Prometheus Re-bound: Supreme Court Reverses in Mayo v. Prometheus Labs
In a much anticipated decision, a unanimous Supreme Court today reversed the ruling of the Federal Circuit Court of Appeals, and held that Prometheus’ process is not patent eligible. Mayo Collaborative Servs. v. Prometheus Labs., Inc., No. 2008-1403, slip. op. (Fed. Cir. Dec. 17, 2010), rev’d, 566 U.S. __ (2012).
Mayo purchased and used medical diagnostic tests based on Prometheus Labs’ patents, but later sold and marketed its own diagnostic test. Prometheus Labs brought suit, asserting that Mayo’s test kits infringed its patents. The District Court found that while the test kit infringed Prometheus Labs’ patents, the court granted summary judgment that the processes claimed by the patents were not patentable subject matter under 35 U.S.C. § 101, because they claimed natural laws or natural phenomena, specifically, the correlations between thiopurine metabolite levels and the toxicity and efficacy of thiopurine drugs. On appeal, the Federal Circuit reversed, finding the processes to be patent eligible under its “machine or transformation test.” The case was remanded by the Supreme Court for reconsideration in light of Bilski v. Kappos, 561 U.S. __, slip. op. (2010), which sought to clarify the jurisprudence surrounding the “machine or transformation test,” and holding that the latter is not a definitive test of patent eligibility.
In Mayo, the Supreme Court held that the claimed processes have not transformed unpatentable natural laws into patentable applications. As a result, the processes are not patentable and therefore, the claims are invalid. In reaching its decision, the Court looked at the controlling precedents of Parker v. Flook, 437 U.S. 584 (1978) and Diamond v. Diehr, 450 U.S. 175 (1981). In both cases, the Court pointed out that a basic mathematical equation, like a law of nature, was not patentable. In Diehr, the Court held that the process was patent eligible because “of the way the additional steps of the process integrated the equation into the process as a whole.” Mayo, slip op. at 11-12. The process did not suggest that all the steps or a combination of those steps were obvious, already in use or conventional. Id. at 12. In Flook, the process was held not patentable because the claimed process only provided ‘an unpatentable formula for computing an updated alarm limit.’ Id. at 12. The Court then examined the instructions for those who administer doses of thiopure drugs and concluded that the instructions add “nothing specific to the laws of nature other than that is well-understood, routine, conventional activity, previously engaged in by those in the field.” Id. at 13.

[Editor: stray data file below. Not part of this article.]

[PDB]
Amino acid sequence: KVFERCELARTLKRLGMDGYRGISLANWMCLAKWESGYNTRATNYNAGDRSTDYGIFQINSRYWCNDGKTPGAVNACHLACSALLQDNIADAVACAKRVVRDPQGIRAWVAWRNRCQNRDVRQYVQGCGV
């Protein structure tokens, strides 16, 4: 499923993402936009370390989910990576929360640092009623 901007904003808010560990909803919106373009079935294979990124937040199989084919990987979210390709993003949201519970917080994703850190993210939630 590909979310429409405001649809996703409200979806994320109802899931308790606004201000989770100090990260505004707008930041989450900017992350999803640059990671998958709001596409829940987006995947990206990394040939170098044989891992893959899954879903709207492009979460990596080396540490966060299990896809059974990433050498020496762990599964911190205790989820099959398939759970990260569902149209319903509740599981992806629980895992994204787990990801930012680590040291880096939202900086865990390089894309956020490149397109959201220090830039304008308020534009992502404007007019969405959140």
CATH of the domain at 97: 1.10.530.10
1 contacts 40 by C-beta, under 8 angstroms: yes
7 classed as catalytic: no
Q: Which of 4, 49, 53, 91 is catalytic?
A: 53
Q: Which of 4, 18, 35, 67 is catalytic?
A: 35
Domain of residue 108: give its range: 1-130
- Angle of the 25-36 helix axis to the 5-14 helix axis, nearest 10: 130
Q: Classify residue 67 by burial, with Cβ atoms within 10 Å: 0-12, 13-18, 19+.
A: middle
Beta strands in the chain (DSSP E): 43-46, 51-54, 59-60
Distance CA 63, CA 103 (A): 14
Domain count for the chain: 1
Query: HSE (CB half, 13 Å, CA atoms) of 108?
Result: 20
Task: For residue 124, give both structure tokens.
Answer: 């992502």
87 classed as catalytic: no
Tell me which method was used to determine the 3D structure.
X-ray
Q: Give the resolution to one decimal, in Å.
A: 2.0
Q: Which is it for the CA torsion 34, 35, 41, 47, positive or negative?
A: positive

Additionally, the Court also looked at other cases, Neilson v. Harford, Webster’s Patent Cases 295, 371 (1841), Bilski v. Kappos, and Gottschalk v. Benson, 409 U.S. 63 (1972), to support its position that appending conventional steps to laws of nature, natural phenomena and abstract ideas does not makes those laws, phenomena and ideas patentable. The Court continued to emphasize its concern that “patent law not inhibit further discovery by improperly tying up the future use of laws of nature.” Mayo, slip op. at 16. Notwithstanding, Prometheus Labs’ arguments to the contrary, the Court declined to change its conclusion that the claimed processes are not patentable. Here, the Court emphasized that its concern relates to “how much future innovation is foreclosed relative to the contribution of the inventor” and noted that “even a narrow law of nature [ ] can inhibit future research.” Id. at 20.
This decision undoubtedly will ripple across many industries, as patent practitioners attempt to apply the holding of the case.